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Circus clown car convert to electric

I want to convert my gas gokart to electric.  Fully loaded with me and the dogs, it weighs less than 500 lbs and does not need to go faster than 15 mph.  We drive on level ground and only need to go around 3 miles per day at mostly walking speeds.


The rear axel has a 9" sprocket with what appears to be #40 chain and I would like to keep that sprocket and chain if possible.  I see that the motors like the the MY1020 have 8mm sprockets.  Is it possible to change the motor's sprocket to fit #40 chain, or should I replace the axel sprocket to accept the 8mm chain?


How many volts and how many watts do I need?   Is that 48 volt 1000 watt motor a logical choice?

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A 36 Volt and 48 Volt 1000 Watt motor both have the exact same amount of power so it would require less batteries to use a 36 Volt motor which might keep the cost of parts down without sacrificing power.

MY1020 motors such as our 36 and 48 Volt 1000 Watt models have sprockets for 8mm T8F chain installed on them and sprockets for #40/41/420 chain are not available for MY1020 motors. So if a MY1020 motor was installed in the car then an 8mm T8F sprocket would need to be installed on the axle.

I ran some gear ratio calculation for your modification project using a 36V 600W gear motor and a 36 (or 48) Volt 1000 Watt MY1020 motor and here are the results.

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An 8-3/4" sprocket for #40 chain has 54 teeth so that is what I used for the first calculation. The tires look like they are 16" diameter from the photos however if they are a different size then please let me know so I can recalculate.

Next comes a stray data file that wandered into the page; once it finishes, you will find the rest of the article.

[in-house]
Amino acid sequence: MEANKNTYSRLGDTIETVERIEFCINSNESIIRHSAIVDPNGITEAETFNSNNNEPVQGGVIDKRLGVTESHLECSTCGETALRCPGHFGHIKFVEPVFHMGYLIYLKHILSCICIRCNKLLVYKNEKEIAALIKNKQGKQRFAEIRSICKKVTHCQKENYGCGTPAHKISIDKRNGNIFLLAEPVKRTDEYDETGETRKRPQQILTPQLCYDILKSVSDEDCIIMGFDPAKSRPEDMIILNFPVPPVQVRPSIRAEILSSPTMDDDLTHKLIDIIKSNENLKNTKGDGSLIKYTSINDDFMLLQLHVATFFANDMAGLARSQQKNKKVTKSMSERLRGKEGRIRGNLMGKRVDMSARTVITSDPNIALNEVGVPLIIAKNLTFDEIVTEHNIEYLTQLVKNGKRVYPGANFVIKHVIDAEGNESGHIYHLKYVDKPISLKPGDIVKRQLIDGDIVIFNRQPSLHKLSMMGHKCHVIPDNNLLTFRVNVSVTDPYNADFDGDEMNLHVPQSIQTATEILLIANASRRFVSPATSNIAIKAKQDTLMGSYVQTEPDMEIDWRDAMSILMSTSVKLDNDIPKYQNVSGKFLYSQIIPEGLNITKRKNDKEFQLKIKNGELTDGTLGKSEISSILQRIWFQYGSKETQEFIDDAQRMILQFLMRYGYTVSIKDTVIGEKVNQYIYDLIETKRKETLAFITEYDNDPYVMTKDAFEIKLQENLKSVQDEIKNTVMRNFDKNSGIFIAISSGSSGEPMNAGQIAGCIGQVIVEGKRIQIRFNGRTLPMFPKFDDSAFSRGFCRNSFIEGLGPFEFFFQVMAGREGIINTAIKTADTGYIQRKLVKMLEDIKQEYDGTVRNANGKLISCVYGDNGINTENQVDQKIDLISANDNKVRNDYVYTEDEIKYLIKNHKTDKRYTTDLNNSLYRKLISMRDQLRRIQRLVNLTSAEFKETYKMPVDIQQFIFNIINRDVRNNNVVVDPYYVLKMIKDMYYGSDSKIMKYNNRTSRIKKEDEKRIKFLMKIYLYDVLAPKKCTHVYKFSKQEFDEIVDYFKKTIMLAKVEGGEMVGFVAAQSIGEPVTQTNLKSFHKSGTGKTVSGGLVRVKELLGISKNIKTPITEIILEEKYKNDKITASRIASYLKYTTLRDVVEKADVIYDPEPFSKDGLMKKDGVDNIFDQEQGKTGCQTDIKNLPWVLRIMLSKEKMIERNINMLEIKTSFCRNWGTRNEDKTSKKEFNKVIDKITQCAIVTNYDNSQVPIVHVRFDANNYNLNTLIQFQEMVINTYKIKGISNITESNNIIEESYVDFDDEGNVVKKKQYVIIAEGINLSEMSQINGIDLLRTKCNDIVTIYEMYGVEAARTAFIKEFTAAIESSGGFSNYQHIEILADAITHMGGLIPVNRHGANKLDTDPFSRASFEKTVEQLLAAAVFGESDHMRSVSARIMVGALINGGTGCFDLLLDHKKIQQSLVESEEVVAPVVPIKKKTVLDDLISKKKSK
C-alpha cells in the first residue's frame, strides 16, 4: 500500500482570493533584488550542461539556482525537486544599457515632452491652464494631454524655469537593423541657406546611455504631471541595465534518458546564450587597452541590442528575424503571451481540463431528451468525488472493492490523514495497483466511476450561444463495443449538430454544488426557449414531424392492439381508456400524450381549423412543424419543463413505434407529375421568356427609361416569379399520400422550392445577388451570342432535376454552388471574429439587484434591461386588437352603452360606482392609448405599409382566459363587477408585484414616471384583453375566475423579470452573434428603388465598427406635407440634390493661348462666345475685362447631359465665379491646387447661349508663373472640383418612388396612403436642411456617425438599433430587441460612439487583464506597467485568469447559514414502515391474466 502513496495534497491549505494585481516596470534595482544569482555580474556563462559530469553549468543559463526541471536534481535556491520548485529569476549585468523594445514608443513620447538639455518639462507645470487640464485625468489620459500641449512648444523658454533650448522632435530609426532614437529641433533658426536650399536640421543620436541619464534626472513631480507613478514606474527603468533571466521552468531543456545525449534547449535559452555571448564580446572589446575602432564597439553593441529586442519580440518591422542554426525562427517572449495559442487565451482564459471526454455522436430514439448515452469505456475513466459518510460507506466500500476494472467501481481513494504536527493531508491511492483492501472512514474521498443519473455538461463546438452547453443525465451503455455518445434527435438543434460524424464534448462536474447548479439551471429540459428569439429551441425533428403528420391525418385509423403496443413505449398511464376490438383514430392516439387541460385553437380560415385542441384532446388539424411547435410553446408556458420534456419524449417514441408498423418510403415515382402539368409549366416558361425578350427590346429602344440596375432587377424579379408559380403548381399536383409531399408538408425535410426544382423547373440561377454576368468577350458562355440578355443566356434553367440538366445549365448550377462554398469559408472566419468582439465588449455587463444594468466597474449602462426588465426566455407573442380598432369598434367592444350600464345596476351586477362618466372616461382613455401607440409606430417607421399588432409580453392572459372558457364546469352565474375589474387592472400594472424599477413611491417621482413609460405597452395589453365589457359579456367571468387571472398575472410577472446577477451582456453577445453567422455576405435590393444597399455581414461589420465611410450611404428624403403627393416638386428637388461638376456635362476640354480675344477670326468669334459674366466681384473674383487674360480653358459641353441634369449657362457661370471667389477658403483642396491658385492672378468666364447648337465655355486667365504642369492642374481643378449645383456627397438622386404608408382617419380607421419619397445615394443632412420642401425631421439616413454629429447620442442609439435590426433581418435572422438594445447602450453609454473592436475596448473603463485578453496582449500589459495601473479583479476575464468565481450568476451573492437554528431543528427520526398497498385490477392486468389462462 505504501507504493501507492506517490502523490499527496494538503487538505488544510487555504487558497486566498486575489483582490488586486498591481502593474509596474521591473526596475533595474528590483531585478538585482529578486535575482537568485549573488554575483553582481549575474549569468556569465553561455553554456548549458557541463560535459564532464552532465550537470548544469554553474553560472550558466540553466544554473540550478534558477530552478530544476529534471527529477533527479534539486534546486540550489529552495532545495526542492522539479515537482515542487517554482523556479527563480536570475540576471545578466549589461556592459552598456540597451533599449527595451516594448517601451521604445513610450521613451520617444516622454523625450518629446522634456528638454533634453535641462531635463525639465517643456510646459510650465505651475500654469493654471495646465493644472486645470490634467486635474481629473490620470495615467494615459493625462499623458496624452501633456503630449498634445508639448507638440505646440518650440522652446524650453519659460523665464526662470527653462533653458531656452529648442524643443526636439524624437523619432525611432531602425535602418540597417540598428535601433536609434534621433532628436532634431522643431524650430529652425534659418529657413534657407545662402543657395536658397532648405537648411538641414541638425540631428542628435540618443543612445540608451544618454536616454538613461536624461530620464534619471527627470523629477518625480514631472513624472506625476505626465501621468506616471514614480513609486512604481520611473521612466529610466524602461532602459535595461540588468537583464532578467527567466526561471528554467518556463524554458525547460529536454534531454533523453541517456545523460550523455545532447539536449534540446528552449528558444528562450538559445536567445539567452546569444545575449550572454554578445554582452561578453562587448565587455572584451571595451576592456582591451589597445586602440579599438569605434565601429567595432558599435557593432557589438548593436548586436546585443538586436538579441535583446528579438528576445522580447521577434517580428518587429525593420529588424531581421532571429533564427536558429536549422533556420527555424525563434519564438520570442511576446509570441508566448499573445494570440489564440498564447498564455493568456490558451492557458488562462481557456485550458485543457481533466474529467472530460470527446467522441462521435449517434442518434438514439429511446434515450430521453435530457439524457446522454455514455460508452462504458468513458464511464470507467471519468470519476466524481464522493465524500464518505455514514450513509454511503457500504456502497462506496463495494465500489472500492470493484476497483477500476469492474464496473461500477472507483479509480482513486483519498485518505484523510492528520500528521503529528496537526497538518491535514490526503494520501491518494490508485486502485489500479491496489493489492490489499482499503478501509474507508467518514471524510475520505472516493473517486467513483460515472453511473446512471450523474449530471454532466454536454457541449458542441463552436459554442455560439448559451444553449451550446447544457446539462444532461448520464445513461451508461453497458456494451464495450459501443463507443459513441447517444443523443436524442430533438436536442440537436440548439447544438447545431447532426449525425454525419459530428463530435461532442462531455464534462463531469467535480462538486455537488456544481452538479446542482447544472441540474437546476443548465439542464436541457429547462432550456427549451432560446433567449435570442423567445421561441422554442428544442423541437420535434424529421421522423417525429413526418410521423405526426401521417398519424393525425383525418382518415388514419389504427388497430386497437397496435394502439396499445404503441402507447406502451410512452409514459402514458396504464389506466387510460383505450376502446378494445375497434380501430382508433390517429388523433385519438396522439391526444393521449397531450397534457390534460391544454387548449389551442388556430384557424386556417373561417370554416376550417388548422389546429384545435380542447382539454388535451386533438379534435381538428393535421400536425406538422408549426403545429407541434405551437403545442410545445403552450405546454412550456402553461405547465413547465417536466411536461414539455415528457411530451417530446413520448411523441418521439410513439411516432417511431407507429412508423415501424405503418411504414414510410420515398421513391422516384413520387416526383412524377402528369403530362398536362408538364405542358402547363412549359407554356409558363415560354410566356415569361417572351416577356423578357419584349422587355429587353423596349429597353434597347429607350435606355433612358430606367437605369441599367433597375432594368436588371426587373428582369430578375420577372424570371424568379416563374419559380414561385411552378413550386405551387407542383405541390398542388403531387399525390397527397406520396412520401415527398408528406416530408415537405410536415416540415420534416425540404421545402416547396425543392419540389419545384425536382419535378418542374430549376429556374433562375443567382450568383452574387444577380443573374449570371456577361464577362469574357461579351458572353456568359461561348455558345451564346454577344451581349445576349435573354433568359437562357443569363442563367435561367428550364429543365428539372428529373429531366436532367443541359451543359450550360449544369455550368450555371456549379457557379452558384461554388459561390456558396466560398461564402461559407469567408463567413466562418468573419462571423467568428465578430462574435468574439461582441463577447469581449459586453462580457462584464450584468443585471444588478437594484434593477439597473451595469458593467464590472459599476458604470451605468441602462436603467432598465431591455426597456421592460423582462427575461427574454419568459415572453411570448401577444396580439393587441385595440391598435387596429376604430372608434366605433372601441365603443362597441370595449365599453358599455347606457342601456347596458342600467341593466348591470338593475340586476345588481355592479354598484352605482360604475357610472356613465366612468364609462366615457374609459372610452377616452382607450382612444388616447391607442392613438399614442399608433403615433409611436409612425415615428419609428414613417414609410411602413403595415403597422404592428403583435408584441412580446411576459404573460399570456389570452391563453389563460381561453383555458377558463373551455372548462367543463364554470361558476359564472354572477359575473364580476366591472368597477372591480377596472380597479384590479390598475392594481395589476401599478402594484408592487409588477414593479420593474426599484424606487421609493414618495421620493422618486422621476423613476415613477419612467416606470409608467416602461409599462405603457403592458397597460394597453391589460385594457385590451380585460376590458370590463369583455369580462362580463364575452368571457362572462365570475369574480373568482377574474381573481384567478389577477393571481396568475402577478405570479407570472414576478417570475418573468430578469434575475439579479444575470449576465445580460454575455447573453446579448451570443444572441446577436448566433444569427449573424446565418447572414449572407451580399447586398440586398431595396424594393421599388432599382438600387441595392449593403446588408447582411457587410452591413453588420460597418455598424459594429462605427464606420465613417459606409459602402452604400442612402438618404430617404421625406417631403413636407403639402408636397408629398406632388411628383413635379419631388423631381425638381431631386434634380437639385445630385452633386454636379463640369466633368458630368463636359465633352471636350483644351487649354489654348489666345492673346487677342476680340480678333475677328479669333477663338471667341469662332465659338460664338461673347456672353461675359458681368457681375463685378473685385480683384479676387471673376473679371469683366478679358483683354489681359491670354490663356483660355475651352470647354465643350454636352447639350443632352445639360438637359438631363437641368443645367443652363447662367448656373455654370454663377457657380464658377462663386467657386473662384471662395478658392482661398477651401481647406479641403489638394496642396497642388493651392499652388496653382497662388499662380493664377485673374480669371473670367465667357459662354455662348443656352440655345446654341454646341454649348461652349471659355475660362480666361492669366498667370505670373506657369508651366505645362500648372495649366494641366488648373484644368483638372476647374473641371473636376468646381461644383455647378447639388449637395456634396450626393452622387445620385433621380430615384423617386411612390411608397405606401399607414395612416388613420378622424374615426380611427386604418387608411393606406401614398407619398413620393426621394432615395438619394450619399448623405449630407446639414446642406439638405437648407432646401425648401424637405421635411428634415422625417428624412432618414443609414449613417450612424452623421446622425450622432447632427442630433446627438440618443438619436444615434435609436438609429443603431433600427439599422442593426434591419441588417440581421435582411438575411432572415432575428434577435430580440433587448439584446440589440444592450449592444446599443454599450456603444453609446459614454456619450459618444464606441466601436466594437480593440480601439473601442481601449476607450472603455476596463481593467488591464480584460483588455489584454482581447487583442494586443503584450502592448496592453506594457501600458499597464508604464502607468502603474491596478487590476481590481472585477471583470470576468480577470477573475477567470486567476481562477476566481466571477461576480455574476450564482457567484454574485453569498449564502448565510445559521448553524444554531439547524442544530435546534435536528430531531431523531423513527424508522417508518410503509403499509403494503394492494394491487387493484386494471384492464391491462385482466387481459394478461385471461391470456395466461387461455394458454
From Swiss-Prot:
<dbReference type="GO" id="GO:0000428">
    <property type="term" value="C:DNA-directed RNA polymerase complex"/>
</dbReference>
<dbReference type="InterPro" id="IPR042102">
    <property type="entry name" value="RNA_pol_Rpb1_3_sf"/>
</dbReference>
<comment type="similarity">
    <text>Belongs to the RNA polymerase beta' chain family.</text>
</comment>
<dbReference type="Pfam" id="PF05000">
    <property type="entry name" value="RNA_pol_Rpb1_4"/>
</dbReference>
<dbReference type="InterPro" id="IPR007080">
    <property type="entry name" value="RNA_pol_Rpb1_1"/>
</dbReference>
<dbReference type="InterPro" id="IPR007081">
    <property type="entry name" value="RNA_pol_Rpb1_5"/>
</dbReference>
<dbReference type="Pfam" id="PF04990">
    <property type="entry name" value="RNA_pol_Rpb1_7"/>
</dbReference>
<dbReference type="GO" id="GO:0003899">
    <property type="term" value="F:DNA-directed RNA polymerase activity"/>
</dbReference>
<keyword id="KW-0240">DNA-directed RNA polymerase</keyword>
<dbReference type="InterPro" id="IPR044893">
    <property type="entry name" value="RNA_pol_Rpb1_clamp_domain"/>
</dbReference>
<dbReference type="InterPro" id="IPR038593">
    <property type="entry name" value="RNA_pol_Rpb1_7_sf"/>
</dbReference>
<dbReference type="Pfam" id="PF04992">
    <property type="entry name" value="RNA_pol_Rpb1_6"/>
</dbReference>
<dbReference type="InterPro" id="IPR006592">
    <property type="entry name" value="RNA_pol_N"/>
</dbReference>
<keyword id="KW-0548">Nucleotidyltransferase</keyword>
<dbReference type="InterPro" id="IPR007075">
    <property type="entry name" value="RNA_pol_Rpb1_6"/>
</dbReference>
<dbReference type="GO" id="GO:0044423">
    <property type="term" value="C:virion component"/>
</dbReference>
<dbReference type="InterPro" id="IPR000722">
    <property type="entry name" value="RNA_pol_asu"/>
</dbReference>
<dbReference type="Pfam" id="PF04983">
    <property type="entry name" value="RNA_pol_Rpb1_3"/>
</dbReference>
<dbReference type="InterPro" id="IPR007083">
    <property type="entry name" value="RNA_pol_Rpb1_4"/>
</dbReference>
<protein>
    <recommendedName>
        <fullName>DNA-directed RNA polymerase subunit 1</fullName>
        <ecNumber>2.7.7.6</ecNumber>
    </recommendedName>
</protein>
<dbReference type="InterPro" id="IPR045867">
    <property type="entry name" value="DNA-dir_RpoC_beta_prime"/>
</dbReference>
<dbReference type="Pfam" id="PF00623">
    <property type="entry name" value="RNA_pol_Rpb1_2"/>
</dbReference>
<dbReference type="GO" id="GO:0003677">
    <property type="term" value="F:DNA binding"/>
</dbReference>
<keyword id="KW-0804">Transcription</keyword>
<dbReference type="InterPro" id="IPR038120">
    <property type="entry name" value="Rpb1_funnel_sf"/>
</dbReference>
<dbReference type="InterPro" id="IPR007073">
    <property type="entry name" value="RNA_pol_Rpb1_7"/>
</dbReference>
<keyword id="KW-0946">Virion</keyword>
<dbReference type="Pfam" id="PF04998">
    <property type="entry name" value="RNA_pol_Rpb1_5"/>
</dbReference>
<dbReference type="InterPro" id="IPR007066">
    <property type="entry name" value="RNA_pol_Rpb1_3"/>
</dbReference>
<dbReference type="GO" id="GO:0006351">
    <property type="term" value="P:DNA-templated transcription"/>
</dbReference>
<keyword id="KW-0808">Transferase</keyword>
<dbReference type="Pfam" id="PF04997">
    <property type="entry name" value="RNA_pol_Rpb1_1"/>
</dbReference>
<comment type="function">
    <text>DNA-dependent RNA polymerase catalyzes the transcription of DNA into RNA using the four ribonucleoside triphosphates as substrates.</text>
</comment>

If a MY1020 motor was used then a 95 tooth axle sprocket for 8mm chain would be needed. This is not a standard size sprocket so it would need to be custom made by a sprocket maker such as Rebel Gears.


If you can live with a 4.25 MPH top speed then using the 36 Volt 600 Watt gear motor would be the best way to go because the existing axle sprocket and chain could be reused. The car would also have a lot of torque with this setup for going up ramps and inclines, such as when loading onto a truck or trailer, or going up steep driveways. We also have a 36 Volt 650 Watt gear motor with a 550 RPM output shaft speed which would provide a 4.89 MPH top speed with the existing 54 tooth axle sprocket.


For a 3 mile drive on flat ground at 3 to 5 MPH a battery pack made from three 12 Volt 22Ah batteries would do the job.


We can make a kit out of the parts that are needed which is prewired with matching connectors, or the parts could be purchased separately. Please let us know which direction you are leaning towards with the motors and if you have any questions.

Thanks for the quick reply.  Yes, the tires are 16" diameter.  The 36 volt 600 Watt motor sounds OK to me.  Torque to get up ramps is good, but we won't have the speed to get away from rowdy kids, so we'll have to go old school and bite them.  Let's talk about a kit.  Do you have a speed control that can be hooked up like a gas pedal?